Children can extract subject-verb sequences that lack time and correspondence for production. Object clauses are most frequently introduced by the conjunction “das”, which is often omitted. For example, I think she is tired. – I think she`s tired. I was sure they were waiting for us. – I was sure they were waiting for us. Other conjunctions and subjunctive words that introduce sets of objects are not omitted. If the main judgment is a perfect form of time, the historical sequence normally follows, but if the meaning corresponds to a contemporary English perfection (i.e. “have done”), it can be followed by a primary sequence: if the main judgment is a historical presence (i.e. a present with a past meaning), one can use either a primary sequence, or historical. or even, in a long sentence, a mixture of both: it is not yet known if the tense difficulties have their source in the input. There are frequent exceptions to the rule of the order of time (see Latin forms#rule of temporal order). For example, verbs in conditional clauses usually do not follow the rule: the verb in a sentence should take the form required by the temporal form of the verb in the main message It is obvious that the temporal forms of verbs in these sentences are determined by the temporal forms of verbs in the main messages.

If the action took place in the subsidiary sentence at the same time as the action in the main sentence, the simple past tense (or the continuous past, if the context so requires) is used in the subsidiary sentence. Despite the use of the subjunctive, verbal forms of time follow rules similar to those of indicative mood. This indicative of the subsidiary sentence is replaced by the subjunctive Present; In the same way, the present perfect is replaced by its corresponding form, that of the past subjunctive and the form of the past by the defect subjunctive of the past. Here is the verb in the main sentence in the simple form of the future. The subsidiary sentence also refers to an action that will occur at some point in the future. However, we use a present in the subsidiary sentence. The regulatory framework, which includes the succession of tense forms (and modes of main and subsidiary sentences) in the Italian language, generally corresponds to the “consecutio temporum” of Latin grammar. Unlike English, if the sentence is an indirect statement (which uses the accusative and infinitive construction in Latin), the order of the time forms in Latin does not apply and the temporal form of the infinitive remains unchanged, regardless of the temporal form of the root.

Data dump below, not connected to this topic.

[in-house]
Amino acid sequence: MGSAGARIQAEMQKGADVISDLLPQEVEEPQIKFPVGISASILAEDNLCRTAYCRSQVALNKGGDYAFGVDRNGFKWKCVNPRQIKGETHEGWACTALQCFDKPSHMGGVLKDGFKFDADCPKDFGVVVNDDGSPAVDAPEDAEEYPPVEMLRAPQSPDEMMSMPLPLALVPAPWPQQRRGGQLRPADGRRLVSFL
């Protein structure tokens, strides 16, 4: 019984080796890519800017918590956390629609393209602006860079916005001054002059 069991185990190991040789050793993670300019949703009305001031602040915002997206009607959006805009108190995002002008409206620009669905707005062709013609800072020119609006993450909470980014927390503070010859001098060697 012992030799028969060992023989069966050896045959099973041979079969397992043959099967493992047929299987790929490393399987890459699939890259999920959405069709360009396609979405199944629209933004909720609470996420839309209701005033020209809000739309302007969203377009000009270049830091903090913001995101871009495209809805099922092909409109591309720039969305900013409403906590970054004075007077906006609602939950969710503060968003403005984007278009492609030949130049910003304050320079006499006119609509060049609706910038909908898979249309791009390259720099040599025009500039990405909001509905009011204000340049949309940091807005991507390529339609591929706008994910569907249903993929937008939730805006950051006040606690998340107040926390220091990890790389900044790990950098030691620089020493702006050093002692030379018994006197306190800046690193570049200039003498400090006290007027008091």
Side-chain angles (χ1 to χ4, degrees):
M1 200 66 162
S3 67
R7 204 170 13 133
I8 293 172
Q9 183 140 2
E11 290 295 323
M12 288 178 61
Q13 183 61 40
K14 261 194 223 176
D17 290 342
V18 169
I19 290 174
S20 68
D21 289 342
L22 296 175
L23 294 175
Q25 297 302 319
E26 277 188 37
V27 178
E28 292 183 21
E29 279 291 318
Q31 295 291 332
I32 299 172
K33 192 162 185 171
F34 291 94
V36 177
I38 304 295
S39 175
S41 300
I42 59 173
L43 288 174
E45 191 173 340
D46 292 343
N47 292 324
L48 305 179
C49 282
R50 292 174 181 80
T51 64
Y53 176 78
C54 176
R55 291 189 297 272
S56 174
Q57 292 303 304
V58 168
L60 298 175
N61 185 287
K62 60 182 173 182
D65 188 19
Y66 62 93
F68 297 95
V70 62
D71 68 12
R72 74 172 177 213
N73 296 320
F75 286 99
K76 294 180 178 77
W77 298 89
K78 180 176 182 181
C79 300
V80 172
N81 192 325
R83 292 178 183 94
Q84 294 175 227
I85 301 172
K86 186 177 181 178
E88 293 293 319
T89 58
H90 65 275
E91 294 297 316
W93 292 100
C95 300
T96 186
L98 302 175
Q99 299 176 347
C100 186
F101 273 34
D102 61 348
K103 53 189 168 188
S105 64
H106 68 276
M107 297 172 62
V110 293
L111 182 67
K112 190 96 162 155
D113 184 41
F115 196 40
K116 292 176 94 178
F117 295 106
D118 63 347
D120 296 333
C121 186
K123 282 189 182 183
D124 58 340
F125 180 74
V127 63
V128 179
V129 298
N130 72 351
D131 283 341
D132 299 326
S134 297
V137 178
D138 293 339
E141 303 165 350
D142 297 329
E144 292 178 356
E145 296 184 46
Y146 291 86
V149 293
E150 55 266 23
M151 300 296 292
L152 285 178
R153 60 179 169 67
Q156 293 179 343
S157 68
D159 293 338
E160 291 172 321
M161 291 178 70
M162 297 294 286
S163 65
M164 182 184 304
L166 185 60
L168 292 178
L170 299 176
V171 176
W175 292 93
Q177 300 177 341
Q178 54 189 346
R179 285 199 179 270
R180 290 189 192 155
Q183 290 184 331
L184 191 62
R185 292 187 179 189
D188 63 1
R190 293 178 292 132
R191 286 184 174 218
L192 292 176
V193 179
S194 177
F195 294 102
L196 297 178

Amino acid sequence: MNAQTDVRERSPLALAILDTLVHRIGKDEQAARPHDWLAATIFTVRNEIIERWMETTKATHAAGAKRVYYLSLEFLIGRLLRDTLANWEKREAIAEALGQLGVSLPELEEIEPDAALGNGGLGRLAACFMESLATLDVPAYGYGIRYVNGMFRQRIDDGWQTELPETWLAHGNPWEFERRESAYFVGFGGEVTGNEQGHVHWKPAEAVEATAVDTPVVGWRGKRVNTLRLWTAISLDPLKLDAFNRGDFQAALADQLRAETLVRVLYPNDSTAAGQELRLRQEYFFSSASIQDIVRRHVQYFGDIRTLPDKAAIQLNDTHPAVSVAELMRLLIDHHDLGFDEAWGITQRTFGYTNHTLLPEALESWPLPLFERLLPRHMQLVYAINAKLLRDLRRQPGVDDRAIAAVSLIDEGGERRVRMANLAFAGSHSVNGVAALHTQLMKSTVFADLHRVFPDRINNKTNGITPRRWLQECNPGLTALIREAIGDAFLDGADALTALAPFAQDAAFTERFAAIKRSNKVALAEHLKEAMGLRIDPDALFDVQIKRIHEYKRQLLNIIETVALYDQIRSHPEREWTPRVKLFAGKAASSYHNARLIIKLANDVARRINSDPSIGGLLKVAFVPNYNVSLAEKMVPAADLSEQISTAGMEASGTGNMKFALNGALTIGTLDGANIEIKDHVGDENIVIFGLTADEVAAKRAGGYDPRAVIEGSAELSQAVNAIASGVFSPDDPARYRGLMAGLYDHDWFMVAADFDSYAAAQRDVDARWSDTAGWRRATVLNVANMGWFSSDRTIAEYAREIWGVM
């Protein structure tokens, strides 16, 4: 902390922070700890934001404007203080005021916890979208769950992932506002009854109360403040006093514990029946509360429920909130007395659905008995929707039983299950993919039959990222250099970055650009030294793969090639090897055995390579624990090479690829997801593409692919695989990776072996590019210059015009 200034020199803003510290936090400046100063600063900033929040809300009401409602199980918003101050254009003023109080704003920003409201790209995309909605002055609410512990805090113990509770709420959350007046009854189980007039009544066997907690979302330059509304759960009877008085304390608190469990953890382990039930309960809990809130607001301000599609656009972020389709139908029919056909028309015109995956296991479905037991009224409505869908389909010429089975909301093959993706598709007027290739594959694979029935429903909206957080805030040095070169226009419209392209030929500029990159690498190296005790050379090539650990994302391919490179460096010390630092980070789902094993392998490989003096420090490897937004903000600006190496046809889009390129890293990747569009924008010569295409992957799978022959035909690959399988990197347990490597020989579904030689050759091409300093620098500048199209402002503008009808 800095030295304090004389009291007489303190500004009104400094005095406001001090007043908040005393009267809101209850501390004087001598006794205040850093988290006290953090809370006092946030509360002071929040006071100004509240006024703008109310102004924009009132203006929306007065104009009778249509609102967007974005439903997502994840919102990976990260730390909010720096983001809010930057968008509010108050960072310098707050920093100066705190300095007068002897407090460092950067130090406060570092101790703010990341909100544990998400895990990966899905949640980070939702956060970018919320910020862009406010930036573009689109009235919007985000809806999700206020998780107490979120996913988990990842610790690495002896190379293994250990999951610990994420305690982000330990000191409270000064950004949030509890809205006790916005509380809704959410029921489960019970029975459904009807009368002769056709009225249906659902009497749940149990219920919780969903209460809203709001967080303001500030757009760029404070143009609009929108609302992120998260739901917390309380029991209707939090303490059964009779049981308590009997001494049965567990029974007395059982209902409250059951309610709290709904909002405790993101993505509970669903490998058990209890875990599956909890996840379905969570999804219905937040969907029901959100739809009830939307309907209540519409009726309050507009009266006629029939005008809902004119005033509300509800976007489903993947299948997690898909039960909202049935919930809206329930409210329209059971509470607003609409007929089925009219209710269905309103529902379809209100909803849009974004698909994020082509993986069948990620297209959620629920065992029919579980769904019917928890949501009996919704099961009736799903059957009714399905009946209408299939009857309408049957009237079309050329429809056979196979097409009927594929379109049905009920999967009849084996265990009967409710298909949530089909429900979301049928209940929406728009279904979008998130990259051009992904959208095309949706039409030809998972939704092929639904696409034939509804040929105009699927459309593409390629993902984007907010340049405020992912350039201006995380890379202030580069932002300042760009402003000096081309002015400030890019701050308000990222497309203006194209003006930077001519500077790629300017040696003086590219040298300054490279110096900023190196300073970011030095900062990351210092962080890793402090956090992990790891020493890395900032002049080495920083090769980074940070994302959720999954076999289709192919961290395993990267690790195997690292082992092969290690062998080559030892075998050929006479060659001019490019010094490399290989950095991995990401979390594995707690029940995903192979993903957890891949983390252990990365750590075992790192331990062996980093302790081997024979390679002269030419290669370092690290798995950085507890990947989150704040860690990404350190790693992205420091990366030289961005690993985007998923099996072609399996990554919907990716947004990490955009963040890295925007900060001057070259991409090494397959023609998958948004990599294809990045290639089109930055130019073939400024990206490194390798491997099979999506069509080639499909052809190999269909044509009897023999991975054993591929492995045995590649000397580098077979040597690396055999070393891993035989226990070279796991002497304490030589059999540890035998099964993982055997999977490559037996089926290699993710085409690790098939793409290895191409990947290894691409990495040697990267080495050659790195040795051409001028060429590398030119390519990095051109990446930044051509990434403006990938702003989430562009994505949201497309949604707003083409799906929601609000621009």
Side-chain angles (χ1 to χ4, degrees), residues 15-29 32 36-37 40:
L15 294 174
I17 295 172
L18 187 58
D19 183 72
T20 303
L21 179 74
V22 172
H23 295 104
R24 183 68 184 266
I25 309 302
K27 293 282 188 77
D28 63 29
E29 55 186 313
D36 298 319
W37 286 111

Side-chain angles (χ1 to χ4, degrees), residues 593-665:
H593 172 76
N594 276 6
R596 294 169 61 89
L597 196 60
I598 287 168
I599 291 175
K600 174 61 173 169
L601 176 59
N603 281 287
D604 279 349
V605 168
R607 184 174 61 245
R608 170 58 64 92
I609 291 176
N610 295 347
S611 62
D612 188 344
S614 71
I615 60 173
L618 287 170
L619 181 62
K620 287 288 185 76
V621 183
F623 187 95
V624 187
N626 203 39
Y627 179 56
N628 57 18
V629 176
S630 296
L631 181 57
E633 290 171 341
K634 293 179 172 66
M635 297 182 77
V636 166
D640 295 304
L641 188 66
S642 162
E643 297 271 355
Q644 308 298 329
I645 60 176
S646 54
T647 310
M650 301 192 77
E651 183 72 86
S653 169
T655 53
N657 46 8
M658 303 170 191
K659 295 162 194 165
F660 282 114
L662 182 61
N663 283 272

The present infinitiv is used for a situation that is at the same time as the main situation:[5] In English, a sequence of time forms (offset) is often used in an indirect language and similar contexts. The attracted sequence can be summarized as follows: If the main sentence of a sentence is in the past, then other verbs must express a past point of view, unless a general truth is expressed. [1] The examples below show the use of tense forms in object subsphrases as a function of the temporal form of the verb in the main sentence. Compare the use of the present in sentences that express general truths in the examples below to the use of the past form according to the rules of the temporal sequence in the following examples. Several recent studies have suggested that production errors in children with specific language impairments (SLI) such as Girls` Singing can be explained by misinterpretation of the adult grammatical dose with a similar structure (e.g.B. The boy hears the girl singing). . . .